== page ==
> At this stage you should try to be specific about the reasons why an
> hardware independent isomorphism cannot exist, or perhaps you are
> just saying that "first person feeling" would not be genuine if they
> were not related to some 'physical reality' in which case I could
I feel we're getting quite close to any genuine difference between us
on these issues, so I'll try my best to clarify. I still believe
there are some vocabulary problems, so first I'll have another go at
pinning these down (sorry, but please be patient!). One thing that
strikes me is that there are (at least) two distinctly different
usages of the term `first person':
`First person 1' (FP1) is used when I mean to indicate my own internal
centred perspective, `looking out', as it were, on the world. It is
the word `I' exclusively as used reflexively by a first person about
him/ herself. As such, it can't be reported in third person narrative,
only directly *uttered* by some FP1-centred individual. I will call it
`First person 2' (FP2) is used to describe a point-of-view within a
third person narrative. For example:
David thought about the problem and realised - "I am confused again!"
The narrative contains the *description* of a first person
characterised as `David', whose point-of-view we would call a `first
person position'. The use of `I' here is understood to be this
*narrative* David's reference to himself. As such it's 'FP2-I'
Throughout these discussions, when I have used terms such as `first
person, `personal, or `presence' to describe the context within which
`individual first persons' IMO could arise, I have meant the sense
given in FP1. The intuition that I have is that even when you `strip
away' the structuring that provides the perceptual mechanism and its
experiential content, what remains must be an FP1-type context - the
`Big `I', if you like, the `arena' within which all else takes place.
And this 'Big I' could only be 'directly uttered' - metaphorically in
this case - by a 'Big FP1'. It is *not* an FP2-type description in
a third person narrative.
The intuition at the heart of this is that if what I'm calling an
FP1-type context is the fundamental ontology, then there is no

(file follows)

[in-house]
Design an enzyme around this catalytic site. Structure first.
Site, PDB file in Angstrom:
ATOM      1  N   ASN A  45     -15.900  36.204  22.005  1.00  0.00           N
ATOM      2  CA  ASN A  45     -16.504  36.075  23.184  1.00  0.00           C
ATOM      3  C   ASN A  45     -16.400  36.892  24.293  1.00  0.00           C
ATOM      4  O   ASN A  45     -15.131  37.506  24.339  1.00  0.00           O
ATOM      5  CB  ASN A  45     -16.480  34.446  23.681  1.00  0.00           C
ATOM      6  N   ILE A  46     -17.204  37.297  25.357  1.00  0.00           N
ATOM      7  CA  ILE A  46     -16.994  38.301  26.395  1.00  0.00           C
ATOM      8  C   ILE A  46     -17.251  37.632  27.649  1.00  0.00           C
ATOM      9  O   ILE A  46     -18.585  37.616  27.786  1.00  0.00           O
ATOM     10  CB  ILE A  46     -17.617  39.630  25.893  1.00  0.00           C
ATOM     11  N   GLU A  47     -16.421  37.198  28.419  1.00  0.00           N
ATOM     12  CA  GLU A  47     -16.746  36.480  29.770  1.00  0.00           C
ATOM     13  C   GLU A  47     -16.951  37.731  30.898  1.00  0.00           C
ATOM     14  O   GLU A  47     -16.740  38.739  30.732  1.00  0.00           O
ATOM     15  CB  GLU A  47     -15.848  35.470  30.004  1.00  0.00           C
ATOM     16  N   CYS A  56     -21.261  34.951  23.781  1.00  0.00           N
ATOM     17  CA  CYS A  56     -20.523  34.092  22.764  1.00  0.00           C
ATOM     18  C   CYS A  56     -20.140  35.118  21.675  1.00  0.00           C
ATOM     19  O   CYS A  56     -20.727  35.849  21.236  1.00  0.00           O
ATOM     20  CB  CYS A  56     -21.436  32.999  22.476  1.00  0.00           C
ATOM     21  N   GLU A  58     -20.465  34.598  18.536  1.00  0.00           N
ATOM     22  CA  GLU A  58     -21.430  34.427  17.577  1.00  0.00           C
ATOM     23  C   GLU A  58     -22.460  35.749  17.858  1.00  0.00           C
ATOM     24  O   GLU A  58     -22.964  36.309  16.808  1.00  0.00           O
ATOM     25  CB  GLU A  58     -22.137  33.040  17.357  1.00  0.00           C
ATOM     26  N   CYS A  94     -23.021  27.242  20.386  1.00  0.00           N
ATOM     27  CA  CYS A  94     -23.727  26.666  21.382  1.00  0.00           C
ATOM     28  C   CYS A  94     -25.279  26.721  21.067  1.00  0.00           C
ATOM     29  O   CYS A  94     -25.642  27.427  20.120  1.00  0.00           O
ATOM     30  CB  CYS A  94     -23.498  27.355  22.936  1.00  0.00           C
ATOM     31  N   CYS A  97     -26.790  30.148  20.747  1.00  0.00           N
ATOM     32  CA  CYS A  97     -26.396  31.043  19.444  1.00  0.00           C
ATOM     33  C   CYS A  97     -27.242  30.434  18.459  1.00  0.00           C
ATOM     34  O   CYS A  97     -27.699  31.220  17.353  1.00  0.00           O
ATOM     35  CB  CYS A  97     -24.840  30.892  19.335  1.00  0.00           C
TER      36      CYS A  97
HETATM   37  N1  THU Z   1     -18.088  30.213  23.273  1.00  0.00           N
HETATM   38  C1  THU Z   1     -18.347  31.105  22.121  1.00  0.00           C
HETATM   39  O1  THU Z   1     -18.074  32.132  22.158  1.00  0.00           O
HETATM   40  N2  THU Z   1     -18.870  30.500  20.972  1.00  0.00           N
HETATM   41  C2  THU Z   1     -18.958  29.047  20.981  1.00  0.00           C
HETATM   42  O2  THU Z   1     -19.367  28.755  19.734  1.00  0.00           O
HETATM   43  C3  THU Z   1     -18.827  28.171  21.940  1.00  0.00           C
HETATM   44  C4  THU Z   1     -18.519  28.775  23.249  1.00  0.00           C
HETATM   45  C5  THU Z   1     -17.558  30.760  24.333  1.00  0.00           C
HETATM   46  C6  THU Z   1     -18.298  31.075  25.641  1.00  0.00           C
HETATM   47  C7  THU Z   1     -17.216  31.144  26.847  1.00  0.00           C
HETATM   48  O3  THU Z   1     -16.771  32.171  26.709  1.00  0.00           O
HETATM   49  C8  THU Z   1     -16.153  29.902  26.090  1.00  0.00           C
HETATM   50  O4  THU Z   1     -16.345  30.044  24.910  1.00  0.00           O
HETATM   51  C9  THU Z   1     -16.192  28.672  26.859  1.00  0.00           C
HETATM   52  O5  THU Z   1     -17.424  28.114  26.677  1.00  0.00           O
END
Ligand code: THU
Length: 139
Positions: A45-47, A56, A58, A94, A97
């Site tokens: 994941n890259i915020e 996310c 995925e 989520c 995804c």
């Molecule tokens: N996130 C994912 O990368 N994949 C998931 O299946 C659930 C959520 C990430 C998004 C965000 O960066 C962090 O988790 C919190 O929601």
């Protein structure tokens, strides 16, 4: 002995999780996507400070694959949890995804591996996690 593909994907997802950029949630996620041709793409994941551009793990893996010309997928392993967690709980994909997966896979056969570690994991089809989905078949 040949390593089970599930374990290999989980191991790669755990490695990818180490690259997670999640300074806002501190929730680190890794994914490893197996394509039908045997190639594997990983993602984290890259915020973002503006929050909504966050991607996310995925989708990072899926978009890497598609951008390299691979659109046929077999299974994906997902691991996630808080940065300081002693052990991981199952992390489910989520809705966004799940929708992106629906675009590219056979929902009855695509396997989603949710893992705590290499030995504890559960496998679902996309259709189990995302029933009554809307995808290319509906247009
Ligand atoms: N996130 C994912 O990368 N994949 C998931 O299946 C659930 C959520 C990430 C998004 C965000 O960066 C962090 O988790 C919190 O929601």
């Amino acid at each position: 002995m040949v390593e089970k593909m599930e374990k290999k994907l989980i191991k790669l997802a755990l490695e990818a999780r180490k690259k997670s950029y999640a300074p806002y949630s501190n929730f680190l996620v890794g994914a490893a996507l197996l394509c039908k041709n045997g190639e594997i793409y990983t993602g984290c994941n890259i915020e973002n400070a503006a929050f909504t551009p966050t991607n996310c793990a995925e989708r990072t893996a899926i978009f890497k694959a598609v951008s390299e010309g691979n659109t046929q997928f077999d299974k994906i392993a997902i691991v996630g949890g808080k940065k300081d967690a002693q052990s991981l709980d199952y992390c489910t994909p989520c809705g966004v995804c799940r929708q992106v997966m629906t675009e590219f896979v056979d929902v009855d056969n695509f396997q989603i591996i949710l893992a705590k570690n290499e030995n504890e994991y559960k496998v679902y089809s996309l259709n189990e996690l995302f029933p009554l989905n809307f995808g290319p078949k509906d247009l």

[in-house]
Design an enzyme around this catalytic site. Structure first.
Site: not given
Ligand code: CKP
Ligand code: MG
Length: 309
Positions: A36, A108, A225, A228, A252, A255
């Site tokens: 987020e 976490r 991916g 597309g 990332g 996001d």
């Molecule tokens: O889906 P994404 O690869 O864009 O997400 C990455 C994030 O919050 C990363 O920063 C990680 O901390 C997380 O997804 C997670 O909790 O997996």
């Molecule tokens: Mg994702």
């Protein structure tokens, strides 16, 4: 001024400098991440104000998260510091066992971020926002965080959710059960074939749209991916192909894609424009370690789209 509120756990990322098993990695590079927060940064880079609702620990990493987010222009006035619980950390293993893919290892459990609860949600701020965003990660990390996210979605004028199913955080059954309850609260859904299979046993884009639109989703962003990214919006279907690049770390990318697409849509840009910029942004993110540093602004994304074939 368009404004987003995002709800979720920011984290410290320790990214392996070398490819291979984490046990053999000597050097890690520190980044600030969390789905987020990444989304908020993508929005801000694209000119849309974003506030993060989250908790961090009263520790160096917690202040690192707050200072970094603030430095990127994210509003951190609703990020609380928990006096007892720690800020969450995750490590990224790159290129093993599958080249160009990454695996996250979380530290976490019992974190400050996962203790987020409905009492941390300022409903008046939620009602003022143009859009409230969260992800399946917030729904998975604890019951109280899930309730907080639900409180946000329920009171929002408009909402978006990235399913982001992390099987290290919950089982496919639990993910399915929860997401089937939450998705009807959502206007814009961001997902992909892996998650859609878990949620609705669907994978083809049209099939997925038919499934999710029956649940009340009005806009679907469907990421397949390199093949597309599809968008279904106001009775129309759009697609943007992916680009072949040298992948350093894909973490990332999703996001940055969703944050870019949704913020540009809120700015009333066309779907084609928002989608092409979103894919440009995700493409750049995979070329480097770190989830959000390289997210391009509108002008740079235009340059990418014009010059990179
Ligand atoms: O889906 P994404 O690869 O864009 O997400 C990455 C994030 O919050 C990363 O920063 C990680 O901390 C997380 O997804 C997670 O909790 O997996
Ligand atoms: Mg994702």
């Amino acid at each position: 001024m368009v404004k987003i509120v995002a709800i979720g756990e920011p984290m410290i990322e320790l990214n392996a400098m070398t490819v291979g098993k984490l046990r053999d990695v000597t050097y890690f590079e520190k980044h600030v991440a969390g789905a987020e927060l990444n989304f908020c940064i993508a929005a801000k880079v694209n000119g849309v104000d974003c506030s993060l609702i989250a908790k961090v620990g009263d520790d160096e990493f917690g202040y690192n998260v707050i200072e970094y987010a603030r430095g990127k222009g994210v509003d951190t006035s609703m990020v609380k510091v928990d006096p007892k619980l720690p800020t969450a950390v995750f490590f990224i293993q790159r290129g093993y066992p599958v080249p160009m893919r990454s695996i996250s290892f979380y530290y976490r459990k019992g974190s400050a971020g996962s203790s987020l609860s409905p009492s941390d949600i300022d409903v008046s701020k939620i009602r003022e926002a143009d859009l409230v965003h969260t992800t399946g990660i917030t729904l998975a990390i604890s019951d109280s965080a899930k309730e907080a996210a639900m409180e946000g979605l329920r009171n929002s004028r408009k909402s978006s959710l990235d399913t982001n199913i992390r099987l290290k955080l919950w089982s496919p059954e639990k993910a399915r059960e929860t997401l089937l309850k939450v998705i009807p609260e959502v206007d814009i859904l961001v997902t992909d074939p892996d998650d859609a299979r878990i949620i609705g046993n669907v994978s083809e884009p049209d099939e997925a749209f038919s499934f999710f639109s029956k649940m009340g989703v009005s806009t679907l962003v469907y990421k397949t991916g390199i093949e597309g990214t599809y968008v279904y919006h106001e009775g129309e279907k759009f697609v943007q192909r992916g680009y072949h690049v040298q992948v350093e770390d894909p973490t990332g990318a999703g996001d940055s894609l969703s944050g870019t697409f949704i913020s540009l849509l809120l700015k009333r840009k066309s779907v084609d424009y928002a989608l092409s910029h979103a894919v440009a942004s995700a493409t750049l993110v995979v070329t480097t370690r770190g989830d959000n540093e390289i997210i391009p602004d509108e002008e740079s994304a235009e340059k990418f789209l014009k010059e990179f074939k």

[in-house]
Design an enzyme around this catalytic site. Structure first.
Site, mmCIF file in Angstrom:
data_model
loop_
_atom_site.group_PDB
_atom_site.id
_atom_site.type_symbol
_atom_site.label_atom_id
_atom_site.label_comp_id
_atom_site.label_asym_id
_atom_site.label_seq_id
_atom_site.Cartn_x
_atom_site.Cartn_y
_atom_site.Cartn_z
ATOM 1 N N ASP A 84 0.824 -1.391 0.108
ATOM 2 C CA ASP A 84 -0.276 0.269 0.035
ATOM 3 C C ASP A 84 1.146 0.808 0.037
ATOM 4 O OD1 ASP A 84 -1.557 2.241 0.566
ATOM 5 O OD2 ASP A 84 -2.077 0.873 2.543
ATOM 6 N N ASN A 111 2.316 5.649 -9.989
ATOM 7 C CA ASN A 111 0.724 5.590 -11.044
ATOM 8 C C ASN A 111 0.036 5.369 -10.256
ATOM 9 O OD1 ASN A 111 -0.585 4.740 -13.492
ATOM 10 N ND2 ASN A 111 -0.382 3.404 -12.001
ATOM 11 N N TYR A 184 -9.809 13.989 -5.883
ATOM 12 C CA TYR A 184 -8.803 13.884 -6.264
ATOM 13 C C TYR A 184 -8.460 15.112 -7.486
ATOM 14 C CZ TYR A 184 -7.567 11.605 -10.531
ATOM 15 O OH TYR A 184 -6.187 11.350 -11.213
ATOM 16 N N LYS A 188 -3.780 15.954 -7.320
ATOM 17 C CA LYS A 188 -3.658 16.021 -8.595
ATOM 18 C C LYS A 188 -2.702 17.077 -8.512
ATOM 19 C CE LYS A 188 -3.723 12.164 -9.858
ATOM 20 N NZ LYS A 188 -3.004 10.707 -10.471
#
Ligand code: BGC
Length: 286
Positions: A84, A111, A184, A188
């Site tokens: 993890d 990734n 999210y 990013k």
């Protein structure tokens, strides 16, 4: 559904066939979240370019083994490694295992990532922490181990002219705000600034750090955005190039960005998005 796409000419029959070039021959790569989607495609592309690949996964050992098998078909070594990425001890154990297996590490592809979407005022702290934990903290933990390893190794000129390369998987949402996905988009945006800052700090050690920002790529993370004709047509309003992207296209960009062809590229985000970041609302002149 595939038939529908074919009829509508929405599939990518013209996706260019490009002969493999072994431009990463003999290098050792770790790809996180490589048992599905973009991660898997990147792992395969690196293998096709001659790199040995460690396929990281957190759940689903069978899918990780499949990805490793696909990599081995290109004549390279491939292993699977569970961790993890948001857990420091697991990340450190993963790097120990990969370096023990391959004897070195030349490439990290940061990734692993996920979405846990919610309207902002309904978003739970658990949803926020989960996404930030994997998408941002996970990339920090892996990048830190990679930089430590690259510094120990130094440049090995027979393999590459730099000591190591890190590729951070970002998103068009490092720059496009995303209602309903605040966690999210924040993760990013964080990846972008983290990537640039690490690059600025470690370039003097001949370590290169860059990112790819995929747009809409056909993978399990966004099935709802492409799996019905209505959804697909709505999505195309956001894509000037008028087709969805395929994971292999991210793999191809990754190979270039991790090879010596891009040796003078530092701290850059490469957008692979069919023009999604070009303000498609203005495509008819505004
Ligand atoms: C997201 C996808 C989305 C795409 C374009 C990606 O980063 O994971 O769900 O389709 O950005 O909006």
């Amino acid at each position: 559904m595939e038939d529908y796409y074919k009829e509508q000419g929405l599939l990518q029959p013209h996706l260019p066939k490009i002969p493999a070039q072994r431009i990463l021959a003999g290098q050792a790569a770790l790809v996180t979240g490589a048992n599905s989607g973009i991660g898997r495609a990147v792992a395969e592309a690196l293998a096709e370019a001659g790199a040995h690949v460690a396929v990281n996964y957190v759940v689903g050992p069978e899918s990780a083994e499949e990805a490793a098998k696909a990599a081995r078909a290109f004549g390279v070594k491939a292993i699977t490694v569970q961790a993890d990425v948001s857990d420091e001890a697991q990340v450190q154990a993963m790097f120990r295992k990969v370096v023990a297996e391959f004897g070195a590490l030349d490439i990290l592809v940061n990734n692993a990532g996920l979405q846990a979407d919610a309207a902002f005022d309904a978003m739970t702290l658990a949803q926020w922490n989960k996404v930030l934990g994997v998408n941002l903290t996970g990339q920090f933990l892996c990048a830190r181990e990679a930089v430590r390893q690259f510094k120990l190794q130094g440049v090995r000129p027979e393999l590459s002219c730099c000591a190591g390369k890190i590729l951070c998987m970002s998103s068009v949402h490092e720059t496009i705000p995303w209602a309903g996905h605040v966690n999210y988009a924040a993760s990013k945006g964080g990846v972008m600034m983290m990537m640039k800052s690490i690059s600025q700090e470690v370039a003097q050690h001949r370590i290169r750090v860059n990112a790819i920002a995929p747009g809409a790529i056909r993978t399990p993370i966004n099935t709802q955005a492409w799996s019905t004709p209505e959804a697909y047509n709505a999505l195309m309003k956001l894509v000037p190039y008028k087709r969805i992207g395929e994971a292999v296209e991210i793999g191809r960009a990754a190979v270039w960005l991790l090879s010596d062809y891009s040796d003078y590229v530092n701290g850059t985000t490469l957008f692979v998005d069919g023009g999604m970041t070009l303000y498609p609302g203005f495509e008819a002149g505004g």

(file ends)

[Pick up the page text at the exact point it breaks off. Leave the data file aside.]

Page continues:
requirement for the 'FP1-I' to suddenly `spring into existence' when
FP2-describable points-of-view subsequently emerge as a consequence of
third-person structuring. The idea of such an otherwise completely
novel ontology `springing into being' in this way has always struck me
as fundamentally incoherent.
>From this perspective, the discourses of QM, MW, mathematics, comp
etc. take place in terms of `third person' structuring of an FP1-type
context. Direct FP1-type experience is derived from the global
`self-intimacy' of this context with a particular sort of structural
content (what I have termed `perceiver/ percept' dyads). Why
`self'-intimacy? To eliminate any notion of `observers'. By
`self-intimacy I mean to say that such knowledge is an immediate
apprehension by the context of its own content, which is why I've
termed it an `equivalence', not a `property'. Consequently, individual
FP1-type content (`experience') is the direct, immediate acquaintance
of demarcated perceivers with aspects of their own structure.
`Third person' is then just a narrative or description of this same
structure. The world outside the individual, containing other first
persons and all manner of additional paraphernalia, is likewise `third
person' when read as narrative by first persons (including, of course,
their individual representations of shared interpersonal discourse).
Notwithstanding this, all of it exists fundamentally `in its own
right' as FP1-type context+content (i.e. not just the regions of it
that happen to be demarcated `first persons'). In this larger sense,
reality itself is that which can only be 'directly uttered'. What is
captured in what we call third person discourse - our 'shared reality -
are our continued empirical strivings to map these narratives and
models to distant regions of 'directly uttered' reality. Because we
comprise such nodes within a network of structure-read-as-information,
we are each of us able to represent and 'directly utter' our personal
versions of 'consensual reality'. If this condemns us to 'solipsism',
at least we're justified in the belief that our private worlds are at
least partially synchronised by such 'energetic coupling' with the
other parts of the forest.
I think I'm also able to clarify here why I believe that a certain
kind of `structural isomorphism' is the underlying basis of our own